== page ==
If she didn’t really want to go back to full-time work, she could prod, push, shame, and fight me back into the big corporate job, and she might be able to work a 20-hour flex schedule. Except we wanted to keep the nice house in the nice school district. And when the big job had spit me out with a 6-month severance, in stead of regrouping with me, she went on the offensive. She was determined and adamant about *my* next job. And she stayed focused on that issue for a year. Sure, she was retooling her ideas about what she wanted to do for a living, but if she could just shoehorn me back into a big job… Things would be so much easier. For her.

That’s not the way it went down. And in the end, when she made plans to divorce me, she also had to find gainful employment. It seemed easy once she had her plans in place. She got the new job, she met with an attorney, she made her *options* spreadsheet somewhere on her computer. We divorced.

And when you find yourself in some dire straight, in some position of need, in the future, I will NOT do the same to you.

But as we were both making our way in the world, as “co-parents” she turned much more pragmatic. It wasn’t about a relationship, or mutual support, it was simply business. And when I stumbled in my work, and I told her I would be late on a few payments, she took the harsh approach, much like she had when I was voicing my ideas about self-employment during my sabbatical. And when the complaining and anger didn’t motivate me back into a job (in either circumstance) she fired off her final weapon.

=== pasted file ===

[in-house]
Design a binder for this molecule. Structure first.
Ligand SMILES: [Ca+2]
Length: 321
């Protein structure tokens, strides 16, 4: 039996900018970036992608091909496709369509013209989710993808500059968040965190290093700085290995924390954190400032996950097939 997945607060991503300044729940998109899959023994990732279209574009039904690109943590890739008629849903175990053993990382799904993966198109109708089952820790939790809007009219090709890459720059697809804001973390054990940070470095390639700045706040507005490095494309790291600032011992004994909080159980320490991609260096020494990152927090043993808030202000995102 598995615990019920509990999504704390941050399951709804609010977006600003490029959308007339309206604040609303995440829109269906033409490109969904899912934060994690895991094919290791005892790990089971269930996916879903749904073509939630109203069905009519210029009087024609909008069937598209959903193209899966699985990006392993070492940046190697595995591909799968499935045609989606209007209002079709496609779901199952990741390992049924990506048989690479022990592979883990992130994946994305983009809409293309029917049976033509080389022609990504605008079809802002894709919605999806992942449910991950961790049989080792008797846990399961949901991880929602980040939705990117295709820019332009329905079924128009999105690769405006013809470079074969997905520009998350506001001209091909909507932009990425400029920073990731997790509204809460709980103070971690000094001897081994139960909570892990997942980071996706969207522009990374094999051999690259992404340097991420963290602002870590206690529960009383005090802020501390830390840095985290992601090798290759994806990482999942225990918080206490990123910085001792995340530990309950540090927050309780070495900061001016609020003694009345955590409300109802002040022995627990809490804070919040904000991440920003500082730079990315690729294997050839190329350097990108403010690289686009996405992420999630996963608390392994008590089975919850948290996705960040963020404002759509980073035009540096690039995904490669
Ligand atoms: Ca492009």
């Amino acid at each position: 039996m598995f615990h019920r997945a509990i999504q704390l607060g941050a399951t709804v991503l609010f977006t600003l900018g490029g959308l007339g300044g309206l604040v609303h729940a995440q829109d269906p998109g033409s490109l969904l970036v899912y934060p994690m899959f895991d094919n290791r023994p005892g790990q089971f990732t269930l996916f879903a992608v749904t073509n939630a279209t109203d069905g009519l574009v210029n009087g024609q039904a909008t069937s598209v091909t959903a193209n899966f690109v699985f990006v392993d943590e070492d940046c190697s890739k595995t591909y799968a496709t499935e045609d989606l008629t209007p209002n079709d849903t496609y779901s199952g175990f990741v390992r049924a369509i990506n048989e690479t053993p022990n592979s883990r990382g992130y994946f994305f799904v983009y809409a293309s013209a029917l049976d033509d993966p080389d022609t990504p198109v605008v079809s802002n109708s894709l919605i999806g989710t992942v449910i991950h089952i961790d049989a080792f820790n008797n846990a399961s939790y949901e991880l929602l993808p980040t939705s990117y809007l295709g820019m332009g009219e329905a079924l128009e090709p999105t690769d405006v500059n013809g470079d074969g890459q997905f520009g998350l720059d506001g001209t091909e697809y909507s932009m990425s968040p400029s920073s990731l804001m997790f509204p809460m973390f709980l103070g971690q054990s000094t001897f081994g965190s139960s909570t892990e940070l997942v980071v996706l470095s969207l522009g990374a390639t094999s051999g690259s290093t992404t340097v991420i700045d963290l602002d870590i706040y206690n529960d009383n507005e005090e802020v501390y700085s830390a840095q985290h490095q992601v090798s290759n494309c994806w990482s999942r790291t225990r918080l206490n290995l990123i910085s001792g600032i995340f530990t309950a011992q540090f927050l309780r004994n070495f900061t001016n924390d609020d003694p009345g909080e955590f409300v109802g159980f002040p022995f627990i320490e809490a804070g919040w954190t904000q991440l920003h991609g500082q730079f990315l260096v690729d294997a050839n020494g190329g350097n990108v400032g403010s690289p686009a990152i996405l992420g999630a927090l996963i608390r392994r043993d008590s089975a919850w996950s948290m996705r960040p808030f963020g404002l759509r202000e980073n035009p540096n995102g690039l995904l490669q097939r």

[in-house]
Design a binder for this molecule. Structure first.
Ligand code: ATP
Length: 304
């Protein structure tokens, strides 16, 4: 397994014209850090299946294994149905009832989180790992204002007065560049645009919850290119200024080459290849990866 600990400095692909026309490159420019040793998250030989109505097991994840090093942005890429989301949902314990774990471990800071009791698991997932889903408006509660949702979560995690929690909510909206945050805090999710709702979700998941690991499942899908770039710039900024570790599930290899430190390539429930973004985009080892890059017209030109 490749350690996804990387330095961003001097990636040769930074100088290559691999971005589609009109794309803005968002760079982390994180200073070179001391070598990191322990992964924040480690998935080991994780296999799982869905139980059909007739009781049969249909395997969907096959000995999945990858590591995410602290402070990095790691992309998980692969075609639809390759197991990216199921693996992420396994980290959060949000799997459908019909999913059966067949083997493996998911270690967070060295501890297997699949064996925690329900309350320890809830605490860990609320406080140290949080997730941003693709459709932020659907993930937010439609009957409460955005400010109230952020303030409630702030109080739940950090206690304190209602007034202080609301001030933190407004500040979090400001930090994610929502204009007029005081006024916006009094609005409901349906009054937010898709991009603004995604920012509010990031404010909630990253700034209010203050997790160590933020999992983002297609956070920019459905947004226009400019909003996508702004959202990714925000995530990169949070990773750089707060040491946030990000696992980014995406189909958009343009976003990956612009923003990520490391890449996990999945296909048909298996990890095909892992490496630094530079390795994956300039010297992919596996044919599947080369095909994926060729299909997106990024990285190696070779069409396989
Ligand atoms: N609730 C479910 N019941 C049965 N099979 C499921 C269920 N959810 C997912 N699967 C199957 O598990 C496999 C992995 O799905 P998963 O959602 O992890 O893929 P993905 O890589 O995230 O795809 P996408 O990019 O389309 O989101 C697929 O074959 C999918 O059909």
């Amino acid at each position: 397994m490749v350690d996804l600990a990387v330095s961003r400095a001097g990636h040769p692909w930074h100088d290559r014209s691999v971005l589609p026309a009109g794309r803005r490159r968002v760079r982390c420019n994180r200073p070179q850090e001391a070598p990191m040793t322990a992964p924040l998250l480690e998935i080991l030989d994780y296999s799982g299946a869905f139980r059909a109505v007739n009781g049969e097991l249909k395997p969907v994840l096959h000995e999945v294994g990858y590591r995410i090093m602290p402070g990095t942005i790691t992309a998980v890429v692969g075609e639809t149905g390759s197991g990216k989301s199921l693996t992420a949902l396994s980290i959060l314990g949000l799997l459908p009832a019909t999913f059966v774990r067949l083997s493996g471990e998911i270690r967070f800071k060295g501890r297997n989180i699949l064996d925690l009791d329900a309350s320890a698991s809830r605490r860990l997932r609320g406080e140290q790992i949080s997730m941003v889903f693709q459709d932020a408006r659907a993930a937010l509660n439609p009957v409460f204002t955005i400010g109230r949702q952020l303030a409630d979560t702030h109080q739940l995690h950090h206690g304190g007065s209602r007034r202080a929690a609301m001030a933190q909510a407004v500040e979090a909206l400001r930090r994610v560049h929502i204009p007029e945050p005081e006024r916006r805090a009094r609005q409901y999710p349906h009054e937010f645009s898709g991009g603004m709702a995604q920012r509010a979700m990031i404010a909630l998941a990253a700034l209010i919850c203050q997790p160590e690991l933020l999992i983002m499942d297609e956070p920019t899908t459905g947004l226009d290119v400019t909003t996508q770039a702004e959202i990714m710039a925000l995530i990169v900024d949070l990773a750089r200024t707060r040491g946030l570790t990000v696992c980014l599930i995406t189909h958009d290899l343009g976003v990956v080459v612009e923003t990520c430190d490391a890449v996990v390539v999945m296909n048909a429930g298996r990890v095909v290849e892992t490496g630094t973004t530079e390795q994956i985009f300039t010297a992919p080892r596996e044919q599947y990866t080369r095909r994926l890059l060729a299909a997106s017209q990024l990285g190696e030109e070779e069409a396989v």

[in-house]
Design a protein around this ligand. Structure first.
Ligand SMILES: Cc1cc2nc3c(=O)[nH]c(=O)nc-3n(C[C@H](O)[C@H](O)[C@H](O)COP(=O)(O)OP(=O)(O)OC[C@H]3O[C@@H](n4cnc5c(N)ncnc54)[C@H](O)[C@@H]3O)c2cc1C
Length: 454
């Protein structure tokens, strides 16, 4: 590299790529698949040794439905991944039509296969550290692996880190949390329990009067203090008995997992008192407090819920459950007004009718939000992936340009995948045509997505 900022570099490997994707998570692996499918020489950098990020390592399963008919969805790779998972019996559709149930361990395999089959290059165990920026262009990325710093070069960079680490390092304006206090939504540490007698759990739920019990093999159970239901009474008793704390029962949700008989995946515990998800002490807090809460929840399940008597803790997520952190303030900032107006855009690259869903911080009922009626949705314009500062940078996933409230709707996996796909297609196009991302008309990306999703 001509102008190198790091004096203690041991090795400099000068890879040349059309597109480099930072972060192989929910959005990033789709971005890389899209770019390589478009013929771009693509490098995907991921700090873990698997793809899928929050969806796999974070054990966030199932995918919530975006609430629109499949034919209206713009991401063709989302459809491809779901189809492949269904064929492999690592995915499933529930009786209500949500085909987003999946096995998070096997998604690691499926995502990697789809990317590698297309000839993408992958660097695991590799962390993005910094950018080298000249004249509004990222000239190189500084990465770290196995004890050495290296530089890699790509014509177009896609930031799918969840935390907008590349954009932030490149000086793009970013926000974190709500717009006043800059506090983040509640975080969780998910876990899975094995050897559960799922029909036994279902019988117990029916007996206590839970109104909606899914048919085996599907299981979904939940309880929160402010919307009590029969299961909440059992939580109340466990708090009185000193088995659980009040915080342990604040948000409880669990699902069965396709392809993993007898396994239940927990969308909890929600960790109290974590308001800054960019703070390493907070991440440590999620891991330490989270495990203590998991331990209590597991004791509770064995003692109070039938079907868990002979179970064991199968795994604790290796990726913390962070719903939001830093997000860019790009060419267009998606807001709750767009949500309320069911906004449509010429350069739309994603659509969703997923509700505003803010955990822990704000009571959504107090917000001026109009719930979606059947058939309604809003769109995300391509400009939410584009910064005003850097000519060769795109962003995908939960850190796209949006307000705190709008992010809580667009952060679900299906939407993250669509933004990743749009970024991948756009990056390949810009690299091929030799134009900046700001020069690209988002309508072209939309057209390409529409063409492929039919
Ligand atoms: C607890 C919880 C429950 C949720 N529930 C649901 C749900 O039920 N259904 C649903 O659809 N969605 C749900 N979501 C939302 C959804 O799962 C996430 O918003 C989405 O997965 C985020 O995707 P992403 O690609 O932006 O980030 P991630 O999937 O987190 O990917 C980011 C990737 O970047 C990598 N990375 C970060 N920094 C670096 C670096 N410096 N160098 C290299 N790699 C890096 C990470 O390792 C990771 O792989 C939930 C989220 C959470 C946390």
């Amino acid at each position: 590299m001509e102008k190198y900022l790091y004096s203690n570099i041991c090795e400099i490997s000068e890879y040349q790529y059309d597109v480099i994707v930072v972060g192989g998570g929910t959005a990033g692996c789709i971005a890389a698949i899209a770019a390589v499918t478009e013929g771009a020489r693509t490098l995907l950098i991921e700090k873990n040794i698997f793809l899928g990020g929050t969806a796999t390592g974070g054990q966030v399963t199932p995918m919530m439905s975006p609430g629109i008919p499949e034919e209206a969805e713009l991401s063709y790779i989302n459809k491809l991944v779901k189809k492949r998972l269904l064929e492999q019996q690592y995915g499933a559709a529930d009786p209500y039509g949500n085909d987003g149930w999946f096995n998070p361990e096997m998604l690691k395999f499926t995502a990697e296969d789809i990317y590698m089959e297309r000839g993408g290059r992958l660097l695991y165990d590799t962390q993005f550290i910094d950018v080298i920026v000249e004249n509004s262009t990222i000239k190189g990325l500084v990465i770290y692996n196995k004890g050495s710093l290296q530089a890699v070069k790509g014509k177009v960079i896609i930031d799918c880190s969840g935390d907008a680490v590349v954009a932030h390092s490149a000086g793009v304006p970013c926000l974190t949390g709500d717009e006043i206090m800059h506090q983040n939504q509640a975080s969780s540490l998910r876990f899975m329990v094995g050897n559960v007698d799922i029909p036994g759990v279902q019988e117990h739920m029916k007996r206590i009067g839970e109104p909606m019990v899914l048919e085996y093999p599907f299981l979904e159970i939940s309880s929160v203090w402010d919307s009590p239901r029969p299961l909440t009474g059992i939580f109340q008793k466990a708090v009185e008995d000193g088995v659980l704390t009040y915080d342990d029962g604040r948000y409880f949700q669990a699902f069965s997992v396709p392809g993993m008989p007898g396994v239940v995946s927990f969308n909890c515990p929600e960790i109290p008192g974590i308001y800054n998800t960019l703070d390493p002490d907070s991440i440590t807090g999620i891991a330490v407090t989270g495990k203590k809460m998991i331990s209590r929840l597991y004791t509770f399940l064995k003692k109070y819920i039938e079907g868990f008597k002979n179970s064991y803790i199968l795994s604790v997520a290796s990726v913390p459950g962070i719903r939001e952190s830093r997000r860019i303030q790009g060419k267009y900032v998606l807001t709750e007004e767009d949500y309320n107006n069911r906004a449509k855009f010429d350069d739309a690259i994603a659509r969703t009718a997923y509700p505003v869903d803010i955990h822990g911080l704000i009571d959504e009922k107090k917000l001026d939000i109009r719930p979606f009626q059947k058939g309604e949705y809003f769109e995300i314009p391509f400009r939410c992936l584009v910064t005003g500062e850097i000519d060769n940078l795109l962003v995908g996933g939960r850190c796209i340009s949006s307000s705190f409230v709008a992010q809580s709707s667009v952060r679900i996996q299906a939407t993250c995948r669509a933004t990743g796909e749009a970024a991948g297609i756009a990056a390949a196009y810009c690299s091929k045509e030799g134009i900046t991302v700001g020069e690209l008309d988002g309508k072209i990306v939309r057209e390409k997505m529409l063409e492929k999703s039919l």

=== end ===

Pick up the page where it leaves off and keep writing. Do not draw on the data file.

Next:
When we were married she chose to divorce me. When we were divorced she chose to file her anger by setting the office of the attorney general on me. And this ultimate anti-co-parenting action has lasting consequences. She’s removed the actual compassion from our relationship. It’s now just business. Perhaps that’s a gift as well. Perhaps that’s a more accurate representation of our core relationship anyway.

Her actions against me with the AG’s office stripped me of any options for keeping my house. I was forced to let it go. I had to withdraw my map and plan for the future, and I returned home, defeated, to my mothers. FK. I won’t ever forget it.

And some day in the future, when she finds herself in some dire straight, in some position of need, in the future, I will NOT do the same to her. I will have compassion and patience.

Here’s my closing statement.

You were my partner and mate for 15 years. I will always give you the benefit of the doubt. I will always err on the comfort and joy of our children over any animosity I have towards you. Now and in the future, I will remain calm and patient.

I want you to know, I am not thanking you for your patience today. As my income stream comes back online, I am slapping you with my gratefulness. When I say “Thank you for your patience,” today, I’m saying exactly the opposite. Fuck you for your lack of compassion and patience. And fuck you for putting your selfish needs above those of our children, or me.

I will never forgive you. Perhaps I will learn to forget.

Sincerely,

The Off Parent
@theoffparent

< back to The Hard Stuff posts

related posts:

image: fuck this attitude, pierre honeyman, creative commons usage


We’re All Happy Now, After the Divorce

OFF-santacat Yeah, we’re all happy. It’s Christmas time and the kids get two Christmases. How fun. Except we’re not. The loss is accentuated at this time of year as we make plans for the vacation time and the transition of the kids on Christmas day to house number two. (A temporary housing situation for me, at this moment.) And yes, we’re all doing fine. We’re happy, in fact. So why lift up the angry and sad curtain that reveals the bitter divorce beneath the civility? Why indeed? This year, let’s skip it. Sincerely, The Off Parent @theoffparent back to Single Parenting   A few other posts of interest:

image: not so merry, trish hamme, creative commons usage


Happy Birthday, Can You Do Some Laundry?

OFF-whatever